Companies often launch online stores without a physical presence in order to save on costly overhead expenses from stores or to avoid being tied down by geography.
But, many ecommerce operators eventually look to expand their reach beyond the nimble digital realm.
Men’s clothing retailer Frank + Oak opened its first store about two years after it started selling clothes online. Parka giant Canada Goose just announced plans to open its first two stores, and made-to-measure suit-and-shirt maker Indochino plans to grow from eight to 150 locations by 2020.
Physical stores offer digital retailers something the internet cannot — a space to experience the brand’s community, products and strong customer service in person. That can boost sales.
“You’re real. You’re alive. You’re touchable,” said John C. Williams, a senior partner at retail and marketing consulting firm J.C. Williams Group, explaining why online retailers open bricks-and-mortar locations.
“When you have … four walls, you know, you can build in an emotional experience much better.”
That’s what men’s clothing retailer Frank + Oak is attempting as it expands its stable of shops.
Part of the brand’s ethos is creating a sense of community, said co-founder Ethan Song, and “physical spaces can play a very powerful role in doing that.”
The company now boasts 13 locations in Canada and the U.S., with two more Canadian stores coming this summer.
Visitors to the store are treated to experiences they can’t get online, Song said. The brand uses the stores as a way to engage with customers and create a deeper relationship.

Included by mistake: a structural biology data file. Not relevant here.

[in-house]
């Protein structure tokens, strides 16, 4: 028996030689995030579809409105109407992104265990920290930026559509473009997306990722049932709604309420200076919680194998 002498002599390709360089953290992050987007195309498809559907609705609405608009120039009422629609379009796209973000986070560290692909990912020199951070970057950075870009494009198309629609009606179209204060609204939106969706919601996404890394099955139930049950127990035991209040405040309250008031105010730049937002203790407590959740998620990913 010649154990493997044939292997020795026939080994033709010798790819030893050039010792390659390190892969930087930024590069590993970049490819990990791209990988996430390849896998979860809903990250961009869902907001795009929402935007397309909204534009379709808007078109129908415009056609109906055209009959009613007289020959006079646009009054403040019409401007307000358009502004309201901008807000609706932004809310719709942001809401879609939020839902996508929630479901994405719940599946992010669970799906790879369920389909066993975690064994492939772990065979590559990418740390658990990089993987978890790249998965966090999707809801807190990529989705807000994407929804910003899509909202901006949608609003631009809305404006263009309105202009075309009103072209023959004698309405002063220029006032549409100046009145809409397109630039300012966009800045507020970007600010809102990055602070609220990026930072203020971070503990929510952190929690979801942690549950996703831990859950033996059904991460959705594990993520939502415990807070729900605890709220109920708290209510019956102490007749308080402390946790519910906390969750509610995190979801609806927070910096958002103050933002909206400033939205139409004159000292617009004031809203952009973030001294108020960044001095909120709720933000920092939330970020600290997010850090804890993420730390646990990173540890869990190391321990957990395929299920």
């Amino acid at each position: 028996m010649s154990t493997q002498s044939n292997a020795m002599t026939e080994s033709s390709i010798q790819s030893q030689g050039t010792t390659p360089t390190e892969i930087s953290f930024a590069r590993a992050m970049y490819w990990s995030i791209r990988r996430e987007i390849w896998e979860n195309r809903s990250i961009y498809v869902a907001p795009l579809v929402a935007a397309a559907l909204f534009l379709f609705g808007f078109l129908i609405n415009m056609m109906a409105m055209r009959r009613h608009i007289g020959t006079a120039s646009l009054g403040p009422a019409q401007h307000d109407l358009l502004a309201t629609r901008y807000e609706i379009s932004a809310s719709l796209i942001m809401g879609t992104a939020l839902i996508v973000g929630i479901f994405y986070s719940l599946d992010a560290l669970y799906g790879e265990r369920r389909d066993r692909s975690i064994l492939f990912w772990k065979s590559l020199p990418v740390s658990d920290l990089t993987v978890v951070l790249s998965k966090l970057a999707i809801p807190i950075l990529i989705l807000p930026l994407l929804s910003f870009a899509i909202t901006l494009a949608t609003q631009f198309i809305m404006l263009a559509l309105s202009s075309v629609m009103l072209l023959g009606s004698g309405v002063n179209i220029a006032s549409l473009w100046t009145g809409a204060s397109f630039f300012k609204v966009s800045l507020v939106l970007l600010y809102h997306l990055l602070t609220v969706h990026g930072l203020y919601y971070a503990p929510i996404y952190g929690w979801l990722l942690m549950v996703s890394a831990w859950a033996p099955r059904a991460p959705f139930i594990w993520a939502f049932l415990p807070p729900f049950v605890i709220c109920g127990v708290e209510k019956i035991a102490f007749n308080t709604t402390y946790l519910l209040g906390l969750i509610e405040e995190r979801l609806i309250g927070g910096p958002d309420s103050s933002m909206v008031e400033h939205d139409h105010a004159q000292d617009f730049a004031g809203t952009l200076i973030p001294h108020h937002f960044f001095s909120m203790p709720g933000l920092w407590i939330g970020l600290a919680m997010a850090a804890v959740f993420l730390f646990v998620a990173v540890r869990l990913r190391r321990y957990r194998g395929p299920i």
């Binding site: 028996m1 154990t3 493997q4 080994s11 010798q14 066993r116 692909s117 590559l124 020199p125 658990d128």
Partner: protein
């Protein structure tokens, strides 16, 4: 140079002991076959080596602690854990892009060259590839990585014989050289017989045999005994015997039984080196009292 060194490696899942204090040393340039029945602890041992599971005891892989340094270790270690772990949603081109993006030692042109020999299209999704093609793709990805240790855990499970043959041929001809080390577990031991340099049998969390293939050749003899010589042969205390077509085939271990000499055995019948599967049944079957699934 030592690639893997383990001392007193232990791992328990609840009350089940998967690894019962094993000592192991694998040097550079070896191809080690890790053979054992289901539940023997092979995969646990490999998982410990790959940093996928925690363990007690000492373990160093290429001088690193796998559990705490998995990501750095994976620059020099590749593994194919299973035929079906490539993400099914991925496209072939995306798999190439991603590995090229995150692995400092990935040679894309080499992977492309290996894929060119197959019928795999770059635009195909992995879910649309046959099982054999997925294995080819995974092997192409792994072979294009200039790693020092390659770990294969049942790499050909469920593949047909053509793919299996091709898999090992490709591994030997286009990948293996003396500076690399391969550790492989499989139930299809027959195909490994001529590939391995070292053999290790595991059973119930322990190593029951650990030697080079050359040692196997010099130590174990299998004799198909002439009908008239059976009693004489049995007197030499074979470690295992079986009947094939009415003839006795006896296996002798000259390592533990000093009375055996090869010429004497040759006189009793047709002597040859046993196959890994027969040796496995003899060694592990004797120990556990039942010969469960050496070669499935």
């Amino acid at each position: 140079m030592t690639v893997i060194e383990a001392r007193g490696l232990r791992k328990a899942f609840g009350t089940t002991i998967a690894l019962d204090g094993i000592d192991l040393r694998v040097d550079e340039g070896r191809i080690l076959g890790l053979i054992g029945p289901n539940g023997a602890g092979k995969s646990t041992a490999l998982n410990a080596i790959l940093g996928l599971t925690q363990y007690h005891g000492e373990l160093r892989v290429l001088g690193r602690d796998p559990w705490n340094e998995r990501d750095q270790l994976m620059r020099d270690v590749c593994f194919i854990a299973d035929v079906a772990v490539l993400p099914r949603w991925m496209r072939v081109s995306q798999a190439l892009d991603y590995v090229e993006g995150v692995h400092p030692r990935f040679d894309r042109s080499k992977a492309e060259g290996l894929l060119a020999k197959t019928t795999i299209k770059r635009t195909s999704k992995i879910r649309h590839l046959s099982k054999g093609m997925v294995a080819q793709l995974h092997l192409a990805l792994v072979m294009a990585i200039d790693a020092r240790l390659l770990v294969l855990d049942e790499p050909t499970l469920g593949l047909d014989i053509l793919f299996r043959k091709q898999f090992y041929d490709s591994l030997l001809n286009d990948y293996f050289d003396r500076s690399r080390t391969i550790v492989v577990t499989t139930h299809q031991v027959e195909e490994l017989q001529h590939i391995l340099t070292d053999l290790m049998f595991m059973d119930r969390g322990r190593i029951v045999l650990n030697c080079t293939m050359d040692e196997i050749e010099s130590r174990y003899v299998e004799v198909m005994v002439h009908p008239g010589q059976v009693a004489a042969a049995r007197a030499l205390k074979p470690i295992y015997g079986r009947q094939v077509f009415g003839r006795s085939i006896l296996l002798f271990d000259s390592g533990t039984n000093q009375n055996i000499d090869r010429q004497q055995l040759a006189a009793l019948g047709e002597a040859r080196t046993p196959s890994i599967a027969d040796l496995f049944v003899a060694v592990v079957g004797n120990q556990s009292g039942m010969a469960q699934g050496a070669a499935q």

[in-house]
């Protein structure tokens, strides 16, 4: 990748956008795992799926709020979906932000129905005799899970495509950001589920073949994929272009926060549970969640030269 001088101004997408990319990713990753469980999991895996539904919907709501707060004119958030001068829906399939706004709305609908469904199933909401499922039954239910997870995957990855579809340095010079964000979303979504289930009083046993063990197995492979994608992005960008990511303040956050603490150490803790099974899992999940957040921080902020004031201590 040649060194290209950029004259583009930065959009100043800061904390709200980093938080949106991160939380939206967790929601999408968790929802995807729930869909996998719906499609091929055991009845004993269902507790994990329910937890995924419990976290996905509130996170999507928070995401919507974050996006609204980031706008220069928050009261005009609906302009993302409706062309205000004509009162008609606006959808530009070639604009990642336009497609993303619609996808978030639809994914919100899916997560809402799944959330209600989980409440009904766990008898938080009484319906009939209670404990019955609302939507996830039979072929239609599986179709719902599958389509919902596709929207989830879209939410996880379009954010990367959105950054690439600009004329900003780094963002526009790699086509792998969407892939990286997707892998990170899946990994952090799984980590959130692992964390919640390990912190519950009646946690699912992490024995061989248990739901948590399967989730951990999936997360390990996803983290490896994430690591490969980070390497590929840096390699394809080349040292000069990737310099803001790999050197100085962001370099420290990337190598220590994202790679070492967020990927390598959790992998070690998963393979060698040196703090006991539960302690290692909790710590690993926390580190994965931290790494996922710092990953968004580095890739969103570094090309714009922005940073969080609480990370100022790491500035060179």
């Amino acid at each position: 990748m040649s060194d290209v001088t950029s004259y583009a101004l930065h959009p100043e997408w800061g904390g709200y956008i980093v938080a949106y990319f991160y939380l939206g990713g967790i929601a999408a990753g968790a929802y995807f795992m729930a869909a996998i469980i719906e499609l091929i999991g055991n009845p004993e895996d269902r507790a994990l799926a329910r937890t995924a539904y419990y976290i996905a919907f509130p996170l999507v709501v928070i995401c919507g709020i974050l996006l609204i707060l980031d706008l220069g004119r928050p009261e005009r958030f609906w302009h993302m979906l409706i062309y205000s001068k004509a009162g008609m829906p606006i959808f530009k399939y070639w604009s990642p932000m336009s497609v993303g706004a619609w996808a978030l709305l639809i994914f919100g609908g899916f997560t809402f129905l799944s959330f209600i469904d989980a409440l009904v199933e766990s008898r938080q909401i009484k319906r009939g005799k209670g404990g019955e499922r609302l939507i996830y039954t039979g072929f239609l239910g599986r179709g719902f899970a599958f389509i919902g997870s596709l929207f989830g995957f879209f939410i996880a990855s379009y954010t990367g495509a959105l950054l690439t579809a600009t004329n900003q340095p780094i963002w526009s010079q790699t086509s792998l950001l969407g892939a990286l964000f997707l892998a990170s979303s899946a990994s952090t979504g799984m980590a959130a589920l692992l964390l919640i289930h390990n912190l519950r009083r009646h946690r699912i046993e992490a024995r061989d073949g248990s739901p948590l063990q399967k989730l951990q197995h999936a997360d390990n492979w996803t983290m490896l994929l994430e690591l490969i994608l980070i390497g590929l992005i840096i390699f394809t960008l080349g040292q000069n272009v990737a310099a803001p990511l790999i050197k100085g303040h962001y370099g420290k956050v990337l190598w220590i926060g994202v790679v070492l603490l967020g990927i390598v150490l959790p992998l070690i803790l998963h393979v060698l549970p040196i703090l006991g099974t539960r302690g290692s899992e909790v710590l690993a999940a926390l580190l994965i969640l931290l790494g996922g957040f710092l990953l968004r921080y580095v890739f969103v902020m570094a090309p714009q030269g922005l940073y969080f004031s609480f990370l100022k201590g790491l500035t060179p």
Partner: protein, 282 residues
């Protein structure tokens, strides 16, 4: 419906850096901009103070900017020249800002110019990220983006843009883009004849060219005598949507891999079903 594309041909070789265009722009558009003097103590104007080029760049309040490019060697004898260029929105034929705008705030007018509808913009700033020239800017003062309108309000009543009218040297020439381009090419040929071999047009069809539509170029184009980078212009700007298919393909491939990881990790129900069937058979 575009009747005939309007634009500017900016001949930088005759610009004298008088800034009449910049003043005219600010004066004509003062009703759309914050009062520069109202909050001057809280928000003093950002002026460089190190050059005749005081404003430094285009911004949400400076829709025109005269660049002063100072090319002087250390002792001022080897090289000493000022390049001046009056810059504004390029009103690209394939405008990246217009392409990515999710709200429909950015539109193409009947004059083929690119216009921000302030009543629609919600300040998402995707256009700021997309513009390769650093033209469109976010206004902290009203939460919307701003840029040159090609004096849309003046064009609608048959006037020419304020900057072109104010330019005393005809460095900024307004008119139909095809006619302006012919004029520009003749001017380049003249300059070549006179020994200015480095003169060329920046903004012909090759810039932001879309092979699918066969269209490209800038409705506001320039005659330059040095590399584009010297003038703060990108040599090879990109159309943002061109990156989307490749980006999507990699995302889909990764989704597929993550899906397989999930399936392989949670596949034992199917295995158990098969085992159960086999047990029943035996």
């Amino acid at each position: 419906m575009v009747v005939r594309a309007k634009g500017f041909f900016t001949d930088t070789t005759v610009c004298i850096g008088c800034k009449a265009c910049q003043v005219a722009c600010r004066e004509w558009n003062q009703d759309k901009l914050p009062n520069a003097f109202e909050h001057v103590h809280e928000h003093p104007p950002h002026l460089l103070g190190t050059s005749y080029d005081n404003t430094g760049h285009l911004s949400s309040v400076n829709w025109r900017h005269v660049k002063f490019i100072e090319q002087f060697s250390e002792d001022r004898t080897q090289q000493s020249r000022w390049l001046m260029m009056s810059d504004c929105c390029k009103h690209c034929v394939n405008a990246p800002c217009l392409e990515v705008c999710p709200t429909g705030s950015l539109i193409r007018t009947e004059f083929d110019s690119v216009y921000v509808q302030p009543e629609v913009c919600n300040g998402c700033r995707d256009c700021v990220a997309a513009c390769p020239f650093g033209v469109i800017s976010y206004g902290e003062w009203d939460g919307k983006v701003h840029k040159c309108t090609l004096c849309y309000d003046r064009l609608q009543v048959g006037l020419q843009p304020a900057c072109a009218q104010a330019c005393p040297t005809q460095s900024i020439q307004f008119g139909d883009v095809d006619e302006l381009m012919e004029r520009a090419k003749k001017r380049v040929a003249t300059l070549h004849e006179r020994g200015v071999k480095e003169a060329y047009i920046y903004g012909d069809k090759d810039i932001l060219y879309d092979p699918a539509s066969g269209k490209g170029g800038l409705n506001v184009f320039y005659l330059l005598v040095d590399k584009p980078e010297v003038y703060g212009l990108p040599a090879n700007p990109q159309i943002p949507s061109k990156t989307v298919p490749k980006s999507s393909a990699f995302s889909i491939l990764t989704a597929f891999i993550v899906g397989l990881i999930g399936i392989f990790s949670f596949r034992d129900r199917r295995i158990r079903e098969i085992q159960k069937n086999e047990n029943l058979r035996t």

The brand’s Queen Street West location in Toronto, for example, includes a barber and coffee shop. Many of their stores include at least one of these amenities, while the Vancouver shop sells cold-pressed juices.
Most Frank + Oak stores dedicate a third of their square footage to such lifestyle features, Song said.
“But the actual act of cutting hair is not necessarily important to us,” he said. Instead, those services help communicate to customers what the brand stands for.
Physical stores also allow companies to offer superb service, Williams said.
When Apple opened its first Apple Stores in 2001, for example, co-founder Steve Jobs declared it “an amazing new way to buy a computer.”
Previously, the company sold its Mac computers through an e-shop and its partners, whose lacklustre customer service and product knowledge frustrated Jobs. At Apple Stores, he promised, knowledgeable sales staff would demonstrate how to use Mac computers. The stores would also include the first so-called genius bars to help customers troubleshoot issues.
That amped-up customer service seems to be the same approach luxury winter jacket retailer Canada Goose is banking on as it plans to open its first two retail stores in Toronto and New York this fall.
Employees will be brand ambassadors, the company said in a statement. They’ll tour Canada Goose factories, some will visit Churchill, Man., as part of the company’s partnership with a polar bear conservation group and some will even travel to the company’s resource centres located in a number of Arctic communities.
The company currently sells its parkas and other winterwear through its website and authorized retailers.
The decision to become a so-called omnichannel retailer can pay off.
Indochino, which sells made-to-measure shirts and suits, launched online in March 2007 and opened its first store in Toronto seven years later.
Its eight showrooms now account for nearly 50% of the company’s sales, said spokesperson Sarah Mayer in an email.
But, despite all the benefits, it’s unlikely the retail world will be seeing a significant increase in stores, said Frank + Oak’s Song.
“It’s clear that you need fewer stores in the future,” he said, adding many big chains could benefit from closing about 30% of their retail outlets as more and more sales come from ecommerce.
Nonetheless stores have the ability to provide a space for brands to express themselves and build consumer loyalty.
“They can be very useful if you invest and do the right things that make sense for your customer.”